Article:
New Delhi: Honourable Supreme Court of India yesterday, on 23rd February, ruled that chairpersons, directors and officers of the private banks are public servants and as such they can be prosecuted for the corruption charges under the provisions of the Anti- corruption law.
It was seen that the decision was made by the honourable Apex Court of the country, in the case of appeal preferred by the CBI- Central Bureau of Investigation, where it had claimed the prosecution of the two former officials of the Global Trust Bank Ltd- which was a private bank before its amalgamation with the Oriental Bank Of Commerce.
The decision was made by the Bench of the honourable top court of the country, which comprising of Justice Ranjan Gogoi and Justice P. C. Pant. And in the decision it was also found holding by the Court that all the Private bank officials would be defined as Public Servants, as such private banks are operating under the license issued by the Reserve Bank of India. The as such, these officials are public servants under the provisions of the Prevention of Corruptions Act, which is being the law for prosecuting the Government employees found indulging in the corruption activities. It was also ruled by the Court that irrespective of the nature as Private of Government, the bank employees when discharging a public duty then they are amenable to the jurisdiction of the Special law aimed to stem corruption.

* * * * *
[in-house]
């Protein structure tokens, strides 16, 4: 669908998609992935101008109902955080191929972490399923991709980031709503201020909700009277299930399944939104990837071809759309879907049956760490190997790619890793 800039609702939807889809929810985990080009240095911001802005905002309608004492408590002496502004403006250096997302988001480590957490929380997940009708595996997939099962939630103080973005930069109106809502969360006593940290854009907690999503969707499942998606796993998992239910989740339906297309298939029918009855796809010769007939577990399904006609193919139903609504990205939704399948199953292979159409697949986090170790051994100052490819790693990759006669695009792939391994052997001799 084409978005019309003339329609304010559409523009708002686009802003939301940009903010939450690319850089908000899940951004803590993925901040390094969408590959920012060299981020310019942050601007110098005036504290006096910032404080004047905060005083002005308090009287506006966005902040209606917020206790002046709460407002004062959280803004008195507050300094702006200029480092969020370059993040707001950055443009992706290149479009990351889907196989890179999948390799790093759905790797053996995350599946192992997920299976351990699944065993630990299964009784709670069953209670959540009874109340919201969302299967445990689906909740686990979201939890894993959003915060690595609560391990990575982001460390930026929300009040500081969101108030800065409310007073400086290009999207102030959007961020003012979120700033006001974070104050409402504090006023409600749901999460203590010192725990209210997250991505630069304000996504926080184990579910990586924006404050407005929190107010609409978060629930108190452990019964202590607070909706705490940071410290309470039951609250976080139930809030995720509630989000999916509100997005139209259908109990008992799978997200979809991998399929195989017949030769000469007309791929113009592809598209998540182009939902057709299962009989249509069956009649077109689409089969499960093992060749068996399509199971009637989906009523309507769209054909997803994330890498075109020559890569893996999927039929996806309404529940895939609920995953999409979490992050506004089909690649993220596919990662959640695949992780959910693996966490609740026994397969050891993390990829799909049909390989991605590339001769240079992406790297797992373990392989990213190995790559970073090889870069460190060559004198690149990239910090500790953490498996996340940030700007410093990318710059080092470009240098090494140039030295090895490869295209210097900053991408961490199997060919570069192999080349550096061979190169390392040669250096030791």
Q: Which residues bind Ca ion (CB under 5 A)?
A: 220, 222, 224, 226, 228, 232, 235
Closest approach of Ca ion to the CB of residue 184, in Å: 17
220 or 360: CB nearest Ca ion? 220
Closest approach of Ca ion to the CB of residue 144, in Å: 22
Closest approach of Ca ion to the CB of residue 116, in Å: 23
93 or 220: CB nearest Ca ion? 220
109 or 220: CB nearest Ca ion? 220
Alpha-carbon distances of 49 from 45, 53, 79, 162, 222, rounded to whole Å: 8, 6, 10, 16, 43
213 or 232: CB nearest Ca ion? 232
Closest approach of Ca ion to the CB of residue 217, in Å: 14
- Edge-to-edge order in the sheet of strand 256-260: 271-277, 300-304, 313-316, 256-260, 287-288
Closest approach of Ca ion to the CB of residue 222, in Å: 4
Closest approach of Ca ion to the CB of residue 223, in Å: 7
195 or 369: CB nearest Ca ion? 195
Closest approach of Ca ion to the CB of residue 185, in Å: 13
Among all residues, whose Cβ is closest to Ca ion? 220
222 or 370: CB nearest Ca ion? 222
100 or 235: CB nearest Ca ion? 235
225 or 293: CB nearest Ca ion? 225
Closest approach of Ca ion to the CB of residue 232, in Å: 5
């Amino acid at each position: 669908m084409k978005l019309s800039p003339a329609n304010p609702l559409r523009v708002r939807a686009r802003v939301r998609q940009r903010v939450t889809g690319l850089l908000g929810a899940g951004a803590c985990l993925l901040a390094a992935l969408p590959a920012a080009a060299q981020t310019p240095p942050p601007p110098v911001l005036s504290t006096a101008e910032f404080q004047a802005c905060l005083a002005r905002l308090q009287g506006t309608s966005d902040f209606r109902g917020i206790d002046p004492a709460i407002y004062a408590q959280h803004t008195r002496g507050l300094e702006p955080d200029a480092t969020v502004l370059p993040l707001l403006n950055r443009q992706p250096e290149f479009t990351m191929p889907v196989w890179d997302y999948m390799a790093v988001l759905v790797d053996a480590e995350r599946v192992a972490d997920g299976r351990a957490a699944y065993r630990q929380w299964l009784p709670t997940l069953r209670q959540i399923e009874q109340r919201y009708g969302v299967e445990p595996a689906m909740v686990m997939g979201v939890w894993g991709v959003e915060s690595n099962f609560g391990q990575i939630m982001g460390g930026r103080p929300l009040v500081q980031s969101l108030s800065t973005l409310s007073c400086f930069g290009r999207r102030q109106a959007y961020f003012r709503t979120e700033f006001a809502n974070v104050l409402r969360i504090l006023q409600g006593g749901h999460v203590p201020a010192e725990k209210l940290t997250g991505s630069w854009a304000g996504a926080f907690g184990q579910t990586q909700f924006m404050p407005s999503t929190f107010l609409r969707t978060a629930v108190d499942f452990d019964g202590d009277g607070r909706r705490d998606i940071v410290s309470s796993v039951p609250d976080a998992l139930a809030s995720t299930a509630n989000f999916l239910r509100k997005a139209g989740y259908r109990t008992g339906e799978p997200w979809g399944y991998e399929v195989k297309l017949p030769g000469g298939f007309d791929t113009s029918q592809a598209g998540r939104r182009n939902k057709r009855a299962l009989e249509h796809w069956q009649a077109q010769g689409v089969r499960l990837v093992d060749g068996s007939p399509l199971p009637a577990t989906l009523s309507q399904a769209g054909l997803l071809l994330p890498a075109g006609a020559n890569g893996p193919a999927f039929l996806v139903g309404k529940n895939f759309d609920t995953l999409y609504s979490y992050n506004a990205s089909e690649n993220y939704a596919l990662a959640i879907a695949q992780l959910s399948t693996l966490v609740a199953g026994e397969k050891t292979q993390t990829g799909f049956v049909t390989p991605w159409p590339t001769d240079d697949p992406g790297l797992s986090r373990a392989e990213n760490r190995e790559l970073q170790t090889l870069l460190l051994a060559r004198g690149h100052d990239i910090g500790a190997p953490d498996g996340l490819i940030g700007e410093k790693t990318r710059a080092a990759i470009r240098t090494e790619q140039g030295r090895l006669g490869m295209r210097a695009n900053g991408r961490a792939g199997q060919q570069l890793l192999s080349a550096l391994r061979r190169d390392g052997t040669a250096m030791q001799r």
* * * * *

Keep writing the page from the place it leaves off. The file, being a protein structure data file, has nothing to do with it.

Also, in the ambit of the expression, ‘public duty’, the court said to have brought the duties which are discharged in the interest of the state, public or community at large. Thus, the officials who perform such duties comes under the scope of the definition of the ‘public servant’ as contained under Section 2 (c) (viii) of the Prevention of Corruption Act, the bench said.
In the case, the High Court of Bombay ruled for quashing the charge sheet of the CBI against Ramesh Gelli and Sridhar Subasri- the then Chairman and Executive director of the concerned bank, respectively. Moreover, the court further observed that the Banking Regulation Act, 1949 requires harmonious construction, and cannot be left meaningless, where, in that law, bank officials are deemed to be public officials.
Adv. Faim Khalilkhan Pathan
Read the Judgement here